A short distance south is Ampthill House, built by Henry Cary about 1730 on the south side of James River. It was the home of Colonel Archibald Cary, Revolutionary leader, and was removed to its present site by a member of the Cary family.Map (db m20529) HM
51Virginia, Richmond — Ancarrow's Landing
Newton Hopper Ancarrow (1920-1991): Mr. Ancarrow was born in Richmond and earned a chemistry and physics degree from the University of Richmond. After serving in World War II, he worked for American Tobacco as a chemist, and then Experiment, . . . Map (db m133682) HM
52Virginia, Richmond — Ann Carrington House
Built between 1810 and 1816 by Dr. John Adams for his sister, Mrs. Mayo Carrington. This house was purchased in 1885 by St. John's Church for its rectory. Acquired in 1943 and restored by the Association for the Preservation of Virginia AntiquitiesMap (db m166014) HM
53Virginia, Richmond — SA-47 — Anna Maria LaneSoldier of the American Revolution
Near the Bell Tower in Capitol Square stood the barracks of the Public Guard. There, from 1801 to 1807, lived John Lane and his wife, Anna Maria Lane, the only documented woman veteran of the Revolutionary War to reside in Virginia. She disguised . . . Map (db m4624) HM
54Virginia, Richmond — SA-108 — Appointed to Serve
Founded by the Presbyterian Church U.S. in 1914, the Assembly’s Training School was the church’s first coeducational "lay workers" school. Through the school, women barred from seminary received a theological education. Among the earliest faculty . . . Map (db m78771) HM
55Virginia, Richmond — Arnold’s Picket Driven In
(south face) Arnold’s Picket driven in Jany 4th 1781 By Col. J. Nicholas (brass tablet on base below south face) This pylon, re-created in granite and containing a replica of the original 1834 . . . Map (db m16099) HM
56Virginia, Richmond — Arthur Ashe MonumentMonument Avenue Historic District
[Inscription on east face of monument:]Arthur R. Ashe, Jr. 1943 - 1993 World Champion, Author, Humanitarian, Founder of Virginia Heroes, Incorporated, Native of Richmond, Virginia. This Monument was placed at Monument Avenue and . . . Map (db m22823) HM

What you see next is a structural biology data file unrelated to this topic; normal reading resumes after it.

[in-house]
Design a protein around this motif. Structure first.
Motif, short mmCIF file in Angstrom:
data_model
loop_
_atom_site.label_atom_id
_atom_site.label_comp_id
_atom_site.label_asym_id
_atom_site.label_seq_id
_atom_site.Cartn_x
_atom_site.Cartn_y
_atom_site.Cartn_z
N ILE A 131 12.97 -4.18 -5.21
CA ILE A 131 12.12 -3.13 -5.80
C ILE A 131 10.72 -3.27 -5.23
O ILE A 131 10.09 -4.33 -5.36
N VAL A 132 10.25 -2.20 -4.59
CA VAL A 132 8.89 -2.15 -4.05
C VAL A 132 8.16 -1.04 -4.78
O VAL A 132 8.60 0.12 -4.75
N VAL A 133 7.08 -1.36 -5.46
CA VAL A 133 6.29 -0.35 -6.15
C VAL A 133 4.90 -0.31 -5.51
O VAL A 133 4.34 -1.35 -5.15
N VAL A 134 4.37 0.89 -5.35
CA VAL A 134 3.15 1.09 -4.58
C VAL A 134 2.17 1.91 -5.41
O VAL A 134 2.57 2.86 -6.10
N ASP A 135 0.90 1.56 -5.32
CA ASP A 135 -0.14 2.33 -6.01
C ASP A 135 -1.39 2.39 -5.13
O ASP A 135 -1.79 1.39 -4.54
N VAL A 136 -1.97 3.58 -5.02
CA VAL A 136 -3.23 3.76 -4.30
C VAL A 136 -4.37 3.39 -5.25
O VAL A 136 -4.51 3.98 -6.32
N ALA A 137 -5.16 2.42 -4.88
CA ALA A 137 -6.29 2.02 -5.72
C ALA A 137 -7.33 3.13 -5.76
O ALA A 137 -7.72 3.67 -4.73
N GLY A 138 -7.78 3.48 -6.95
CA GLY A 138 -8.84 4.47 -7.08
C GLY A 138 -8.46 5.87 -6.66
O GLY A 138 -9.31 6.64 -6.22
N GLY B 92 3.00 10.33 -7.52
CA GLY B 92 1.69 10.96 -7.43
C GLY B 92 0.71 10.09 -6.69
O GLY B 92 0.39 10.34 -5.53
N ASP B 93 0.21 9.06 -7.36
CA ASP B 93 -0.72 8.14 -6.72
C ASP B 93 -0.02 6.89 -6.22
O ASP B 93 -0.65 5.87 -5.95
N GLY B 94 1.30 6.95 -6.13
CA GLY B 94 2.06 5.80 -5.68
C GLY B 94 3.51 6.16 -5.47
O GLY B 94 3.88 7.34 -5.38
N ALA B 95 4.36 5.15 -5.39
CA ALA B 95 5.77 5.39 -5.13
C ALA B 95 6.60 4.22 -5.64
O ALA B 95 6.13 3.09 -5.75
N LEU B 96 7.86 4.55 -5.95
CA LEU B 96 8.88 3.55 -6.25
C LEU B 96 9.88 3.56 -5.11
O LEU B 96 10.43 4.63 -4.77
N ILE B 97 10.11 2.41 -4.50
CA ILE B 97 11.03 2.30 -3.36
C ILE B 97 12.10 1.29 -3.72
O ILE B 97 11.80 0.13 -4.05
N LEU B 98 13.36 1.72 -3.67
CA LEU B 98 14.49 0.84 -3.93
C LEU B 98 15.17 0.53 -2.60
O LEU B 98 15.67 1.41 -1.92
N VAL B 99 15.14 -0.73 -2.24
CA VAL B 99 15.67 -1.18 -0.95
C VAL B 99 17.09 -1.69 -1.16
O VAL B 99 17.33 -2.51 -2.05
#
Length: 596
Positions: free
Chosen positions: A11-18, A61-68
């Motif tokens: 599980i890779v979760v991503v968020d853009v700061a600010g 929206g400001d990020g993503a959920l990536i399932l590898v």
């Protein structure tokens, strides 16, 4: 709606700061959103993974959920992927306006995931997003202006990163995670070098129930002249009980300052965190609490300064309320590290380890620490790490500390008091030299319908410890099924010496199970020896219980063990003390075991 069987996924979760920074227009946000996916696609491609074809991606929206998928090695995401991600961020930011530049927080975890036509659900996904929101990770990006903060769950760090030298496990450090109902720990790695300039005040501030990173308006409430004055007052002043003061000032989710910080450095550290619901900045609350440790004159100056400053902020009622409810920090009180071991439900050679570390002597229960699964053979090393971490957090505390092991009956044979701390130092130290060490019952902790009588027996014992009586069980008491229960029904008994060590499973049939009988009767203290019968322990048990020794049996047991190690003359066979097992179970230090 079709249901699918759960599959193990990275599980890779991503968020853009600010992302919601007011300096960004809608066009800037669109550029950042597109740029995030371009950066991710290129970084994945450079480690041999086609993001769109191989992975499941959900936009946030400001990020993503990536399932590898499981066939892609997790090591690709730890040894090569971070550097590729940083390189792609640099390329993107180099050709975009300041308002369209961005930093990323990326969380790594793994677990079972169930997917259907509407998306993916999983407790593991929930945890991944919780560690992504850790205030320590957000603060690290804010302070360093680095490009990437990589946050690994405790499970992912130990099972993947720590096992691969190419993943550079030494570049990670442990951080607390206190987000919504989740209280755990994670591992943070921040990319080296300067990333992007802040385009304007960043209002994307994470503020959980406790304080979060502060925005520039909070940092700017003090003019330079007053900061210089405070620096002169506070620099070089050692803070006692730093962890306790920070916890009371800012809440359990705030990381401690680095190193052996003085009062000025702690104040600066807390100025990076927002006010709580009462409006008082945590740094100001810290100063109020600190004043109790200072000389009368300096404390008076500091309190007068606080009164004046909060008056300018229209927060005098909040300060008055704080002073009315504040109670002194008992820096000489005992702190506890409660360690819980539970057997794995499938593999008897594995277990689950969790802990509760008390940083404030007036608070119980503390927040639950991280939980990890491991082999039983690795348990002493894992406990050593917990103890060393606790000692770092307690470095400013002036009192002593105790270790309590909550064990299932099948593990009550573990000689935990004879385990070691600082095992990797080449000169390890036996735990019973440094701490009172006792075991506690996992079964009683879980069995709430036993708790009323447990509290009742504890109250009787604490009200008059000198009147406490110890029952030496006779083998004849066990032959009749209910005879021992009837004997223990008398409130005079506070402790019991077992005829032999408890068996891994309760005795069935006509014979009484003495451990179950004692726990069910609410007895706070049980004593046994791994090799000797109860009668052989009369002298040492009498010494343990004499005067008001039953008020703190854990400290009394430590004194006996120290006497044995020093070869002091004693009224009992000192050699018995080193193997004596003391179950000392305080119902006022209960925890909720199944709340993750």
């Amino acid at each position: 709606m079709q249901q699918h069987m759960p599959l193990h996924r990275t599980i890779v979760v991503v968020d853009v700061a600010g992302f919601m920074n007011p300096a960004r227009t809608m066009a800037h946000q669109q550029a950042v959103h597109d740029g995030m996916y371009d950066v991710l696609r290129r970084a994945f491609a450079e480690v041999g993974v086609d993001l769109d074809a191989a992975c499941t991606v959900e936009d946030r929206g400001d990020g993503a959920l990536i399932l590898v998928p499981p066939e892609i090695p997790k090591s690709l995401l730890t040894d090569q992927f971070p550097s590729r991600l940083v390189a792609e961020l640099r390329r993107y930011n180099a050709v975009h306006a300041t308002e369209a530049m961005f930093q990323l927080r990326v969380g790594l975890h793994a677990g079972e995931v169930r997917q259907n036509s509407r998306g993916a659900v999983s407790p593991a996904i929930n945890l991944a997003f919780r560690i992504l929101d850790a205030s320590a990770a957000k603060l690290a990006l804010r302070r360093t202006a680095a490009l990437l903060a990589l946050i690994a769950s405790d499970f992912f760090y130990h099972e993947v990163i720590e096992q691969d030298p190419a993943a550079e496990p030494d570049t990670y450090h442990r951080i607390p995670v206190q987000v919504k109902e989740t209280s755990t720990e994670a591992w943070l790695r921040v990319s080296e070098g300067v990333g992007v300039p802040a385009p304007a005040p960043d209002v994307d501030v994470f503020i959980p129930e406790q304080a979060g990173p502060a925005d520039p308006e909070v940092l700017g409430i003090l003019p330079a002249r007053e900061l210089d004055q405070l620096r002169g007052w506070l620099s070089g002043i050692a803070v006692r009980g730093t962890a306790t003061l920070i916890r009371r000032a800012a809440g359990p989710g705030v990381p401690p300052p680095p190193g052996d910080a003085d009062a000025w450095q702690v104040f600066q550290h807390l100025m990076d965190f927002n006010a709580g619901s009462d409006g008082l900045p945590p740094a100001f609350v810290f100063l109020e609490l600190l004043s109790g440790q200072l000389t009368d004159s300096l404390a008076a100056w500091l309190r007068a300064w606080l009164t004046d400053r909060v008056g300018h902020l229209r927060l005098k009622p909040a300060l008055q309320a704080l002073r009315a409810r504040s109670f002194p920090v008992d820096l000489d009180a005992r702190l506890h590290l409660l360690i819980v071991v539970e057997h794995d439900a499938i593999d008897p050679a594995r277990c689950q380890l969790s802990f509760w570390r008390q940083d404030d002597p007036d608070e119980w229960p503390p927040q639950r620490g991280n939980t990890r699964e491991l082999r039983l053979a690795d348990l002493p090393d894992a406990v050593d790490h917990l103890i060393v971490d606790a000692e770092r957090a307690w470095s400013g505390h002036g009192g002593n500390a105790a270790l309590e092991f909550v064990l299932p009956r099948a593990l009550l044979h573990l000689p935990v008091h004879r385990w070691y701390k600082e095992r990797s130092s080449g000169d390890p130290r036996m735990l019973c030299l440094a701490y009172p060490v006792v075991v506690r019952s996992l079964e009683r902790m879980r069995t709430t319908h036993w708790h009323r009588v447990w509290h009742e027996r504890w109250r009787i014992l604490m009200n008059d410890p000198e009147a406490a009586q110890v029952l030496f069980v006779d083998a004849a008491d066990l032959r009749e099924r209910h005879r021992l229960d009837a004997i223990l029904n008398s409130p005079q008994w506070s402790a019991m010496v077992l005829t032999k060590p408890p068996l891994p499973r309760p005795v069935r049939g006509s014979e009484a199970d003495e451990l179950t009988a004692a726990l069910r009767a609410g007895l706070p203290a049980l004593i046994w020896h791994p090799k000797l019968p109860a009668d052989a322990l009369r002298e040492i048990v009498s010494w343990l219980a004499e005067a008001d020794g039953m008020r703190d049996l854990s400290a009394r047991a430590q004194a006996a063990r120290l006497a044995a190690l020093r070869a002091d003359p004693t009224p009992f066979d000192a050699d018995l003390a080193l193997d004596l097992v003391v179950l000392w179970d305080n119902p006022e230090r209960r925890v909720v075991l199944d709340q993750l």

57Virginia, Richmond — Atlantic Coastline Railroad Bridge
The railroad bridge in the distance carries the freight and passenger trains of the CSX Railroad that travel the east coast corridor. The original need for a bridge was to circumvent the slow train traffic that once had to go through downtown . . . Map (db m133709) HM
58Virginia, Richmond — Atlantic SturgeonAncient Giants of the James River
Regarded as a "living fossil," the Atlantic Sturgeon's appearance has changed little since the age of the dinosaurs. Capable of growing up to 14 feet in length, weighing 800 pounds, and living up to 60 years, they spend their adult years in the . . . Map (db m133770) HM
59Virginia, Richmond — 12 — Auction HousesRichmond Slave Trail
There were several dozen such houses in Shockoe Bottom, typically selling human “goods” along with corn, coffee, and other commodities. Some sales were part of a larger business; other auctioneers dealt exclusively in slaves. Most slave . . . Map (db m41822) HM
60Virginia, Richmond — E-1 — Bacon’s Quarter
Nathaniel Bacon (1647–1676), leader of Bacon’s Rebellion, acquired land in 1674 at Curles Neck in Henrico County and property near the falls on the north side of the James River that became known as Bacon’s Quarter in what is now present-day . . . Map (db m1895) HM
61Virginia, Richmond — SA-48 — Barton Heights Cemeteries
The Burying Ground Society of the Free People of Color of Richmond established its cemetery (later renamed Cedarwood) here in 1815. African Americans eventually founded five more cemeteries here: Union Burial Ground (later called Union Mechanics), . . . Map (db m1028) HM
62Virginia, Richmond — Basin Race
The Great Basin of the James River & Kanawha Canal covered three square blocks directly in front of this plaque: between Cary and Canal, and 8th and 12th Streets. By 1834, millers had realized the Basin’s water could be used to turn waterwheels, and . . . Map (db m26573) HM
63Virginia, Richmond — SA-71 — Battle of Bloody Run
Nearby is the site where Chief Totopotomoy of the Pamunkey died in 1656. The English colonists had become concerned over the recent settlement nearby of the Rickohockans along the falls of the James River. They called upon Totopotomoy to assist in . . . Map (db m16046) HM
64Virginia, Richmond — Bell Tavern
To mark the site of Bell Tavern used as a Recruiting Station during the War of 1812Map (db m27774) HM
65Virginia, Richmond — Belle IsleCaptain John Smith’s Adventures on the James — www.johnsmithtrail.org —
James River Park System The Virginia Company of London instructed the first English colonists to choose a river for their settlement and to “let Captain Newport discover how far that river may be found navigable.” Following this . . . Map (db m23719) HM
66Virginia, Richmond — Belle Isle
During the winter of 1863-1864, the island visible from this spot held up to 8,000 Union army prisoners. After the outbreak of the Civil War, prisoners poured into Richmond. Camps built only as transport stations soon became permanent. Over the . . . Map (db m24097) HM